The Ballymoney man who put shoes on half of New Zealand!
Although not a name well known around Ballymoney, in his adopted home of New Zealand, everyone has heard of Robert Hannah’s shoes!
Robert was born 10 September 1845 on the Hanna family farm near Ballymoney. In his early years, he was apprenticed to a cobbler in Kilrea, however he later emigrated to Australia in 1863, allegedly after an argument with his father.
On his arrival in Queensland he experienced hard times. Inexplicably, it was here he added an ‘H’ to his surname.
By 1866, Robert had moved to New Zealand where the gold rush offered lucrative opportunities. He doesn’t appear to have been tempted by prospecting and chose to earn his wealth by business ventures. Family legend claims that one of his first jobs was at a profitable casino for miners, which also offered a bar, restaurant, shows and dancing girls!! By January 1868 he had enough money to open his first boot shop in the town of Charleston. His business rapidly expanded and within four years he took over a rival shop ‘The Golden Boot’.
Unfortunately, less than six years later, the gold seams were almost exhausted and the people of Charleston moved on to richer territory. Left with no choice, Robert followed them.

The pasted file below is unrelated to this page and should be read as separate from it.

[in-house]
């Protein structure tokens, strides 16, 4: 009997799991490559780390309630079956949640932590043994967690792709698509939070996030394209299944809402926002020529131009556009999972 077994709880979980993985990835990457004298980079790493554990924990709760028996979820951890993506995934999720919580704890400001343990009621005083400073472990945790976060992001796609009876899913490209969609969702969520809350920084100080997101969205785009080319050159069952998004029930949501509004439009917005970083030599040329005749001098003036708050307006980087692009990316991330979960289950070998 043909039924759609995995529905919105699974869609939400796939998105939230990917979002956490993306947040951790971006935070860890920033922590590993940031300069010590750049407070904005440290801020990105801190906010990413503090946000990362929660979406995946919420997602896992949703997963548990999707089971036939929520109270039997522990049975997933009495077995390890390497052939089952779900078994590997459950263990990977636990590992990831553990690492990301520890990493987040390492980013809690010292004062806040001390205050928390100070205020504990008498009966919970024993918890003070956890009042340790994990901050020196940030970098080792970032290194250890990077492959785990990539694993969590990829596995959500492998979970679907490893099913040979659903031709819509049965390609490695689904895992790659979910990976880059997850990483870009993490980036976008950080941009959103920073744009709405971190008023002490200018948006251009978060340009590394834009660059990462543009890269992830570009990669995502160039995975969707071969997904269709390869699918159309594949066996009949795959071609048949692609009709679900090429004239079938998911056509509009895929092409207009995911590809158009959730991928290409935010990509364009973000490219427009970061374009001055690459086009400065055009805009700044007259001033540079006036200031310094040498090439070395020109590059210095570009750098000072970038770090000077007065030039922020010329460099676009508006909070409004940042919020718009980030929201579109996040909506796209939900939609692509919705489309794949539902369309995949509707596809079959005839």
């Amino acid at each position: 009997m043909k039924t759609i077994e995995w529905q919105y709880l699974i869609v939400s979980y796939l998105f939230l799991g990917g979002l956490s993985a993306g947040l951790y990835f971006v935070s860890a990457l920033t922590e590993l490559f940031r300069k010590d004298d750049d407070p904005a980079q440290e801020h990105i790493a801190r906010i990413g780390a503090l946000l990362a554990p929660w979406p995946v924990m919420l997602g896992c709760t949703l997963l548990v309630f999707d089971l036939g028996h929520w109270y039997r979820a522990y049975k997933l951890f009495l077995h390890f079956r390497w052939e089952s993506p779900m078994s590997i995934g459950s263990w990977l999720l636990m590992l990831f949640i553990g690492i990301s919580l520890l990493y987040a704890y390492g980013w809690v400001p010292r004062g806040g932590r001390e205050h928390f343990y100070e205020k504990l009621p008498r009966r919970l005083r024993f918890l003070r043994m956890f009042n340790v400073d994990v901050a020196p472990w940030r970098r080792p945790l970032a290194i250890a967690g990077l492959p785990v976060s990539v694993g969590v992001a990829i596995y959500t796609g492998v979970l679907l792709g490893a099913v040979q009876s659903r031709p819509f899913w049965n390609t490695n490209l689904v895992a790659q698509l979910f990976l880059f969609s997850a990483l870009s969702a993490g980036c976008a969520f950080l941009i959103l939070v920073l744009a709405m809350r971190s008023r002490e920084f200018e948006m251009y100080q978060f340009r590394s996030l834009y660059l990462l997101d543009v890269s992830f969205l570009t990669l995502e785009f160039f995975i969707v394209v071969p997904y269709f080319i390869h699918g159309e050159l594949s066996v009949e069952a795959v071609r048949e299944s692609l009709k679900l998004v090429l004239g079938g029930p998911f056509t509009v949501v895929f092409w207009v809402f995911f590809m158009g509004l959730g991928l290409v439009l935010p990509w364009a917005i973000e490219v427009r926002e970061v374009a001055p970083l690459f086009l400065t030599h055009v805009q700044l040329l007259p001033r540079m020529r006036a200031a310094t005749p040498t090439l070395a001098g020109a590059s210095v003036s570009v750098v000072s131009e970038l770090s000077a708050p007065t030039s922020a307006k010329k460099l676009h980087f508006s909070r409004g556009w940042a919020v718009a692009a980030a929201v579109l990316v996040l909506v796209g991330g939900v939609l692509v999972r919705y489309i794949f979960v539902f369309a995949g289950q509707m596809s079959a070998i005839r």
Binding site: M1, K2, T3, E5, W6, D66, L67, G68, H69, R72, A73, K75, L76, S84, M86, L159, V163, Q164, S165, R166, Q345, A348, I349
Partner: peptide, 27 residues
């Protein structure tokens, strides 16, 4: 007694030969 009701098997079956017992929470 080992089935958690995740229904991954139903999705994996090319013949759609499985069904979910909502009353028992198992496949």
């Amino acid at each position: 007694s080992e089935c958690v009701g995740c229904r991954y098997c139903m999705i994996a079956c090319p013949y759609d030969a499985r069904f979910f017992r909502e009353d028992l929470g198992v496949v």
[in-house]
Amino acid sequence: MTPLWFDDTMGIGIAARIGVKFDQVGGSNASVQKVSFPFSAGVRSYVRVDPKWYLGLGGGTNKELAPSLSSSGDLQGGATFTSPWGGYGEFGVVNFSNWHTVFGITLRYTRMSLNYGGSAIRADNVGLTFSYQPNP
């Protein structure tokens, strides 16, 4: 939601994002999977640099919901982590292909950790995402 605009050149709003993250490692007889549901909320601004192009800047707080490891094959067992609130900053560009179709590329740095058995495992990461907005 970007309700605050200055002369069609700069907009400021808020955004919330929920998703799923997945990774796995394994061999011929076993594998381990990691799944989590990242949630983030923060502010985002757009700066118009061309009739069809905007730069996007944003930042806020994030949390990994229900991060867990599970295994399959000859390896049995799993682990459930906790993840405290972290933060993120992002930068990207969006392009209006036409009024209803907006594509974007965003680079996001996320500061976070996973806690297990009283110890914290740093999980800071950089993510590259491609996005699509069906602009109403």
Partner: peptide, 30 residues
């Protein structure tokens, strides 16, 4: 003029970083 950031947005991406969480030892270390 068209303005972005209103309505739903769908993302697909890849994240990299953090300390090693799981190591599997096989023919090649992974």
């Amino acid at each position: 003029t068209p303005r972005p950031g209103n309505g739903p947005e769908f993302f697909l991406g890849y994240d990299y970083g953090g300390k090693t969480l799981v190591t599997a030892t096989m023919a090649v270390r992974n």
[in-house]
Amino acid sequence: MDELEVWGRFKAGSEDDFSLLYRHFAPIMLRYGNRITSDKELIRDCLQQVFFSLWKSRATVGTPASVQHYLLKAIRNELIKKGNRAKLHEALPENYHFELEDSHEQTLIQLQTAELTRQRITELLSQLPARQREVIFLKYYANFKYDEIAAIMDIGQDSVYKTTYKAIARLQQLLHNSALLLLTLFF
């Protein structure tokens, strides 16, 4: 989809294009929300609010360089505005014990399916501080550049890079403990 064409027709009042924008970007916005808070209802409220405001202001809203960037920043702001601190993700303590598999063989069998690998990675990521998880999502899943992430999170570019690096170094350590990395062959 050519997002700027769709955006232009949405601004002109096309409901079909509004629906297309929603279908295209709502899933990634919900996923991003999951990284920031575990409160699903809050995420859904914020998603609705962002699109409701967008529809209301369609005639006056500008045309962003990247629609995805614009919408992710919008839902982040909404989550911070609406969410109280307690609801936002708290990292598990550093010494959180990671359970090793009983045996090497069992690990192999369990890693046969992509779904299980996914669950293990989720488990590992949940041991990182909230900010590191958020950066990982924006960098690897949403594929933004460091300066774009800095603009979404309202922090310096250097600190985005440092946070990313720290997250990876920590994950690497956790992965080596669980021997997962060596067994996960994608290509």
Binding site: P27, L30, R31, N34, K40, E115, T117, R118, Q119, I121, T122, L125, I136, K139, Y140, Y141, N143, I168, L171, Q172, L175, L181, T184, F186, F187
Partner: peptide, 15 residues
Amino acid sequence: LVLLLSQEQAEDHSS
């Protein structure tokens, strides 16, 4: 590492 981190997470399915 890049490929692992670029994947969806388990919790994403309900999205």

Robert had probably intended to settle in California, where another gold rush attracted thousands of hopeful pioneers. Whatever his plans, he only travelled as far as Wellington. There he decided to open another footwear shop, named Robert Hannah & Company. The shop proved so successful that he remained in Wellington for the rest of his life. By 1897, he had been joined by his younger brother, William, and had 10 branches of his store on the North Island. He was, by then, also married to another Irish immigrant, Hannah Ferguson, who ironically then became Mrs. Hannah Hannah.
Robert began to add to his wealth by investing heavily in property and he gained the reputation of a ‘shrewd, hard businessman’. Despite this, his staff were well paid and in return he was highly respected by them. As his fortune grew, he also began to invest in the manufacture and import of footwear and at one time he commanded half the shoe trade in New Zealand.
In 1904, aged 58, he commissioned the architects Thomas Turnbull & Son to design an Edwardian mansion. A year later, Antrim House was completed, and the Hannah family, which included seven adult children, moved in with their four servants.
Robert Hannah died in 1930, aged 85, and his business continues today. Some of his descendants still live in the Ballymoney area. Antrim House was later leased as an exclusive guesthouse until 1949, when it was bought by the New Zealand government. In 1978, it was presented to the New Zealand Historic Places Trust (NZHPT), who use it today as their national administrative headquarters.
With thanks to New Zealand Historic Places Trust and Ballance House, Co. Antrim.
'Robert Hannah, Ballymoney footwear entrepreneur. (Courtesy New Zealand Historic Places Trust)'